Great fun.

READ REVIEW

THERE WAS AN OLD GIANT WHO SWALLOWED A CLOCK

And not a small clock, either!

Apparently, this giant is related to that old lady who swallowed a fly. He is also a clock aficionado, or perhaps a clock repairman, as he’s surrounded by them. In any event, the white giant “had such a shock when he swallowed that clock!” After this, he swallows his knitting, a moth that he finds in his closet, some honey, even a bear. (“He swallowed the bear to eat up the honey.”) Next, he swallows a net “to catch the bear.” He tries a boat to “pull in the net.” Then he swallows the sea to “wash down the boat,” and finally tries swallowing the moon. Why? To “soak up the sea. / Not very clever—I’m sure you’ll agree!” Ingenious book design features a die-cut hole in the right-hand page, showing the clock that he has swallowed. The left-hand page features that first verse. Then when readers turn the pages, the hole on the left-hand page repeats that first verse in smaller type, while through the increasingly large holes on the right-hand pages, readers see the swallowed item(s). By the end, the hole is large, the verse is long, and the giant’s stomach sure to succumb to indigestion. Ellis’ pictures are refreshingly kooky, filled with various cats, mice, and other small critters who view the goings-on with some interest. Davies wisely sticks to the meter of her inspiration, and caregivers will likely sing that tune as they share the book.

Great fun. (Picture book. 3-6)

Pub Date: March 1, 2018

ISBN: 978-1-68010-076-1

Page Count: 32

Publisher: Tiger Tales

Review Posted Online: Dec. 3, 2017

Kirkus Reviews Issue: Jan. 1, 2018

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Pair this with Leo Timmers’ Who Is Driving? (2007) for twice the guessing fun.

CLOTHESLINE CLUES TO JOBS PEOPLE DO

From the Clothesline Clues series

Heling and Hembrook’s clever conceit challenges children to analyze a small town’s clotheslines to guess the job each of their owners does. 

Close-up on the clothesline: “Uniform and cap, / an invite for you. / Big bag of letters. / What job does she do?” A turn of the page reveals a macro view of the home, van and the woman doing her job, “She is a mail carrier.” Indeed, she can be spotted throughout the book delivering invitations to all the rest of the characters, who gather at the end for a “Launch Party.” The verses’ rhymes are spot-on, though the rhythm falters a couple of times. The authors nicely mix up the gender stereotypes often associated with several of these occupations, making the carpenter, firefighter and astronaut women. But while Davies keeps uniforms and props pretty neutral (he even avoids U.S. mail symbols), he keeps to the stereotypes that allow young readers to easily identify occupations—the farmer chews on a stalk of wheat; the beret-wearing artist sports a curly mustache. A subdued palette and plain white backgrounds keep kids’ focus on the clothing clues. Still, there are plenty of details to absorb—the cat with arched back that anticipates a spray of water, the firefighter who “lights” the rocket.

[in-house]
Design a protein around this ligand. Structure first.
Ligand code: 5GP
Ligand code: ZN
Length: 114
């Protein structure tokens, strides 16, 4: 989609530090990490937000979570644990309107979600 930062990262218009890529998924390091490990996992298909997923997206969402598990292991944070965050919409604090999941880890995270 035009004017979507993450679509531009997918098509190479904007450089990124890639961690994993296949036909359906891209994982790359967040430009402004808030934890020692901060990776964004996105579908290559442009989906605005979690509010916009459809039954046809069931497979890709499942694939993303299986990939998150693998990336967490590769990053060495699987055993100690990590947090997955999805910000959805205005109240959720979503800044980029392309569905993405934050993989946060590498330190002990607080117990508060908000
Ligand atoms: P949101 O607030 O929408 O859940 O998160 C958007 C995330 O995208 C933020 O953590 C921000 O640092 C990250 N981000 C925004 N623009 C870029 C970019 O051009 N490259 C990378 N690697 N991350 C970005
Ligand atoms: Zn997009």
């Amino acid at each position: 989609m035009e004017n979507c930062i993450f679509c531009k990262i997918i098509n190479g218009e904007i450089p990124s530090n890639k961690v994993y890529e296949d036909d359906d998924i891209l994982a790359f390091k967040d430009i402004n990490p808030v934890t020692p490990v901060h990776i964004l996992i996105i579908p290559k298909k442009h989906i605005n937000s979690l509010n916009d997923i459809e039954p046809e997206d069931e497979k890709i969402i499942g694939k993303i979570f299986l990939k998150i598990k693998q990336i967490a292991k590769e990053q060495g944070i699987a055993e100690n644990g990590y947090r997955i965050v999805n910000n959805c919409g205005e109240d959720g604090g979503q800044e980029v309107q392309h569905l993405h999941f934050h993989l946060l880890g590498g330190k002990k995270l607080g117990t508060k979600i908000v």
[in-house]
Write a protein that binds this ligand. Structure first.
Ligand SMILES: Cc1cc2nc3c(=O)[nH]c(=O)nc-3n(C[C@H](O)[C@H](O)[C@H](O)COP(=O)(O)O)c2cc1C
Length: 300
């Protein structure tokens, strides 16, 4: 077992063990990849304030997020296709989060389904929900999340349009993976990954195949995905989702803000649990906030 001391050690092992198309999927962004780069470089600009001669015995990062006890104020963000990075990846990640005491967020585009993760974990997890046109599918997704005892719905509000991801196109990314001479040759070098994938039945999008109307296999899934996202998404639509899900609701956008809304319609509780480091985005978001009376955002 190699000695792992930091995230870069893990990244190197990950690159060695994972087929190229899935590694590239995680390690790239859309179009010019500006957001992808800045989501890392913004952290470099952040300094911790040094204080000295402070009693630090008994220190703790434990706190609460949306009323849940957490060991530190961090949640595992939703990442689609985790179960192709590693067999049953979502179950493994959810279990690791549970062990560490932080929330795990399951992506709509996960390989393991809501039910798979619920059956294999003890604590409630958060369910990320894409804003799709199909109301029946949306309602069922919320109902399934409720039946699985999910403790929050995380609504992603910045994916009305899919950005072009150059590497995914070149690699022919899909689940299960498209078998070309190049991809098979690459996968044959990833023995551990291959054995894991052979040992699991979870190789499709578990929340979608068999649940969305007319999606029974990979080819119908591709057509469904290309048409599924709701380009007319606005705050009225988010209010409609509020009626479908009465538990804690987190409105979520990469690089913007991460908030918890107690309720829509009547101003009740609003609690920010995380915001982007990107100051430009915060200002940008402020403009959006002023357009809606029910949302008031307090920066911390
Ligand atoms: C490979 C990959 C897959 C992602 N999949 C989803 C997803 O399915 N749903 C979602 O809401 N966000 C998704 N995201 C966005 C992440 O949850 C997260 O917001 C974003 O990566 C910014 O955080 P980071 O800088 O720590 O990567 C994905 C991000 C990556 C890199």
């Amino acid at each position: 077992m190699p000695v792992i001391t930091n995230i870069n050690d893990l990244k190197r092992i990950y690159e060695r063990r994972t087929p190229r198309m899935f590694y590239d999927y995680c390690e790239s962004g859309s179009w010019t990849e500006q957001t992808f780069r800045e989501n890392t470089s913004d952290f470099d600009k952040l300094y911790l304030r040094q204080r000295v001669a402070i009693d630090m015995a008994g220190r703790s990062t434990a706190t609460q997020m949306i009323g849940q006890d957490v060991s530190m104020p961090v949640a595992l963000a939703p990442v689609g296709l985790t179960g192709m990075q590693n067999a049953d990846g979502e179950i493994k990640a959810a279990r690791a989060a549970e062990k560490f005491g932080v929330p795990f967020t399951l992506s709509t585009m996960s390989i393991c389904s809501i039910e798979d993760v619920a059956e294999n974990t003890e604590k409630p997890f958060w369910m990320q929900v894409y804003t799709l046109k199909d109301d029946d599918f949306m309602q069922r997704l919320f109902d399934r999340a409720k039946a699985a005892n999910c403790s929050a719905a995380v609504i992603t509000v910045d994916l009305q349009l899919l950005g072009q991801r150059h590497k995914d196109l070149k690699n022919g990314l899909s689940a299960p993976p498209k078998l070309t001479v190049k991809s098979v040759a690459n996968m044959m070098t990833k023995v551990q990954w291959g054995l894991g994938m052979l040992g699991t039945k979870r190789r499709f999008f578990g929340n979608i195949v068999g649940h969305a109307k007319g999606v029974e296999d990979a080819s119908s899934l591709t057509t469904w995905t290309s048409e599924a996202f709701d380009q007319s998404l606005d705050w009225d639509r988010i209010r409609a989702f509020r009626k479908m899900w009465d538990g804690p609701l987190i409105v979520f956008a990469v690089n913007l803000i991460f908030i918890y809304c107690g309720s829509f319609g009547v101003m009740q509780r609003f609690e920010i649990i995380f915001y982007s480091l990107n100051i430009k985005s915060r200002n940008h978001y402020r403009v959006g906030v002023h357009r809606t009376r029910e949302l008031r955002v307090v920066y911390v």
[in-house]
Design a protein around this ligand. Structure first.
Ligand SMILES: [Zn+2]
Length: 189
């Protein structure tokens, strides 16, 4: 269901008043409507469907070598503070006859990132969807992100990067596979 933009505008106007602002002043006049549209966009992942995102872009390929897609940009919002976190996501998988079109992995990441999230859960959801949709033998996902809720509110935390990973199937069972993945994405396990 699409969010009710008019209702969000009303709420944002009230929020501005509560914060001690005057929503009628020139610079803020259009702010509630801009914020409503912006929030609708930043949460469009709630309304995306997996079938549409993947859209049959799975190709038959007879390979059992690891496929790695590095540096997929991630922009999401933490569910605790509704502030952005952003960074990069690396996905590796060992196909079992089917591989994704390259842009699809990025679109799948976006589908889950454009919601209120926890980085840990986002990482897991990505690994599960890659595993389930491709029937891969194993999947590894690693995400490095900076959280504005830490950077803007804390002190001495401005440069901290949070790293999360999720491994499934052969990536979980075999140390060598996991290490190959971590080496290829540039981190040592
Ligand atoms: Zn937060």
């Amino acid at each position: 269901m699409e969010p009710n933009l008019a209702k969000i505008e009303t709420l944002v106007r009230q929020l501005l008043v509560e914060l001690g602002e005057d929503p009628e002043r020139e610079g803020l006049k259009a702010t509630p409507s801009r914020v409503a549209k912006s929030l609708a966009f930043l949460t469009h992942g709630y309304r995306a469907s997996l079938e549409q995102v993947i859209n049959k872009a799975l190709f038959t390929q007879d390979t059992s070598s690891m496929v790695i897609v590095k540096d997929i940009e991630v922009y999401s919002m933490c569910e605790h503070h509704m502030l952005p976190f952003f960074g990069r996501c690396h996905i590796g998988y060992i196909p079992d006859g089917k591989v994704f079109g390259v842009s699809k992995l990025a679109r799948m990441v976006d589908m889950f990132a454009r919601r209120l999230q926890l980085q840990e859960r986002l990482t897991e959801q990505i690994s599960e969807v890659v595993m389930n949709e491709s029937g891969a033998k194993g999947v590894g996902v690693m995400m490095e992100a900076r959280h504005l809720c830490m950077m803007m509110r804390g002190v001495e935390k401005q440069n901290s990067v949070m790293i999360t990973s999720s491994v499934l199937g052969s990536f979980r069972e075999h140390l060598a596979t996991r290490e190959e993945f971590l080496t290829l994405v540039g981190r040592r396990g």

Pair this with Leo Timmers’ Who Is Driving? (2007) for twice the guessing fun. (Picture book. 3-6)

Pub Date: July 1, 2012

ISBN: 978-1-58089-251-3

Page Count: 32

Publisher: Charlesbridge

Review Posted Online: May 16, 2012

Kirkus Reviews Issue: June 1, 2012

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THE GRUFFALO

The action of this rhymed and humorous tale centers upon a mouse who "took a stroll/through the deep dark wood./A fox saw the mouse/and the mouse looked good." The mouse escapes being eaten by telling the fox that he is on his way to meet his friend the gruffalo (a monster of his imagination), whose favorite food is roasted fox. The fox beats a hasty retreat. Similar escapes are in store for an owl and a snake; both hightail it when they learn the particulars: tusks, claws, terrible jaws, eyes orange, tongue black, purple prickles on its back. When the gruffalo suddenly materializes out of the mouse's head and into the forest, the mouse has to think quick, declaring himself inedible as the "scariest creature in the deep dark wood," and inviting the gruffalo to follow him to witness the effect he has on the other creatures. When the gruffalo hears that the mouse's favorite food is gruffalo crumble, he runs away. It's a fairly innocuous tale, with twists that aren't sharp enough and treachery that has no punch. Scheffler's funny scenes prevent the suspense from culminating; all his creatures, predator and prey, are downright lovable. (Picture book. 3-6)

Pub Date: June 1, 1999

ISBN: 0-8037-2386-5

Page Count: 32

Publisher: Dial Books

Review Posted Online: May 20, 2010

Kirkus Reviews Issue: June 1, 1999

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